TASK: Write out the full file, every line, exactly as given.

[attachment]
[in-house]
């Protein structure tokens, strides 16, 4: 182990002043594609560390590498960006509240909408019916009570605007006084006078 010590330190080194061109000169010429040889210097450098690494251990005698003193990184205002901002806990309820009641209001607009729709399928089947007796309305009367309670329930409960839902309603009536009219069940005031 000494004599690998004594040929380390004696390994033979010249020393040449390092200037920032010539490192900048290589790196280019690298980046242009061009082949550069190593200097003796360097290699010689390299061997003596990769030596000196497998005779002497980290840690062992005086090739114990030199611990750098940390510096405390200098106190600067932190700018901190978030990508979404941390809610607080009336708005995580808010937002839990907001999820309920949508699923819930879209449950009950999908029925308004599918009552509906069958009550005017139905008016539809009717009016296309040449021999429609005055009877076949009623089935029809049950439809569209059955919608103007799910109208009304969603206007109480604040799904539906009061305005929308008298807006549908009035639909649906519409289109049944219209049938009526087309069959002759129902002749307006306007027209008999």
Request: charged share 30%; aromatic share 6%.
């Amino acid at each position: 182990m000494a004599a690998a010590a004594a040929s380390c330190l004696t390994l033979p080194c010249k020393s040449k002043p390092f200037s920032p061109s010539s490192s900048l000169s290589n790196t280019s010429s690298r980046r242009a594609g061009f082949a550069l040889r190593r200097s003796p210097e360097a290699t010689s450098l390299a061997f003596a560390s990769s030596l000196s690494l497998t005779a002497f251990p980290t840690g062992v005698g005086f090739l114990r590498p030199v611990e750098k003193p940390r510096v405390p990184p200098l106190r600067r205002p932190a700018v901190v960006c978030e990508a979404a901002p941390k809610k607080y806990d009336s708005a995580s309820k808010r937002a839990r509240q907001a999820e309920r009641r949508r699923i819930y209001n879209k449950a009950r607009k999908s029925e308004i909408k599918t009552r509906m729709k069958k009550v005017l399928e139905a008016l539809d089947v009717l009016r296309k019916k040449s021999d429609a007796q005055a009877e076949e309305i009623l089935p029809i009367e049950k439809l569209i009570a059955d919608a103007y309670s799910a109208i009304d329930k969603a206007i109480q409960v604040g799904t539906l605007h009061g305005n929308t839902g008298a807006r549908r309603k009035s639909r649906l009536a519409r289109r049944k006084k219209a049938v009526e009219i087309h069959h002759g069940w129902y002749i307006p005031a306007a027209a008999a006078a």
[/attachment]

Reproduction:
[in-house]
């Protein structure tokens, strides 16, 4: 182990002043594609560390590498960006509240909408019916009570605007006084006078 010590330190080194061109000169010429040889210097450098690494251990005698003193990184205002901002806990309820009641209001607009729709399928089947007796309305009367309670329930409960839902309603009536009219069940005031 000494004599690998004594040929380390004696390994033979010249020393040449390092200037920032010539490192900048290589790196280019690298980046242009061009082949550069190593200097003796360097290699010689390299061997003596990769030596000196497998005779002497980290840690062992005086090739114990030199611990750098940390510096405390200098106190600067932190700018901190978030990508979404941390809610607080009336708005995580808010937002839990907001999820309920949508699923819930879209449950009950999908029925308004599918009552509906069958009550005017139905008016539809009717009016296309040449021999429609005055009877076949009623089935029809049950439809569209059955919608103007799910109208009304969603206007109480604040799904539906009061305005929308008298807006549908009035639909649906519409289109049944219209049938009526087309069959002759129902002749307006306007027209008999």
Request: charged share 30%; aromatic share 6%.
């Amino acid at each position: 182990m000494a004599a690998a010590a004594a040929s380390c330190l004696t390994l033979p080194c010249k020393s040449k002043p390092f200037s920032p061109s010539s490192s900048l000169s290589n790196t280019s010429s690298r980046r242009a594609g061009f082949a550069l040889r190593r200097s003796p210097e360097a290699t010689s450098l390299a061997f003596a560390s990769s030596l000196s690494l497998t005779a002497f251990p980290t840690g062992v005698g005086f090739l114990r590498p030199v611990e750098k003193p940390r510096v405390p990184p200098l106190r600067r205002p932190a700018v901190v960006c978030e990508a979404a901002p941390k809610k607080y806990d009336s708005a995580s309820k808010r937002a839990r509240q907001a999820e309920r009641r949508r699923i819930y209001n879209k449950a009950r607009k999908s029925e308004i909408k599918t009552r509906m729709k069958k009550v005017l399928e139905a008016l539809d089947v009717l009016r296309k019916k040449s021999d429609a007796q005055a009877e076949e309305i009623l089935p029809i009367e049950k439809l569209i009570a059955d919608a103007y309670s799910a109208i009304d329930k969603a206007i109480q409960v604040g799904t539906l605007h009061g305005n929308t839902g008298a807006r549908r309603k009035s639909r649906l009536a519409r289109r049944k006084k219209a049938v009526e009219i087309h069959h002759g069940w129902y002749i307006p005031a306007a027209a008999a006078a």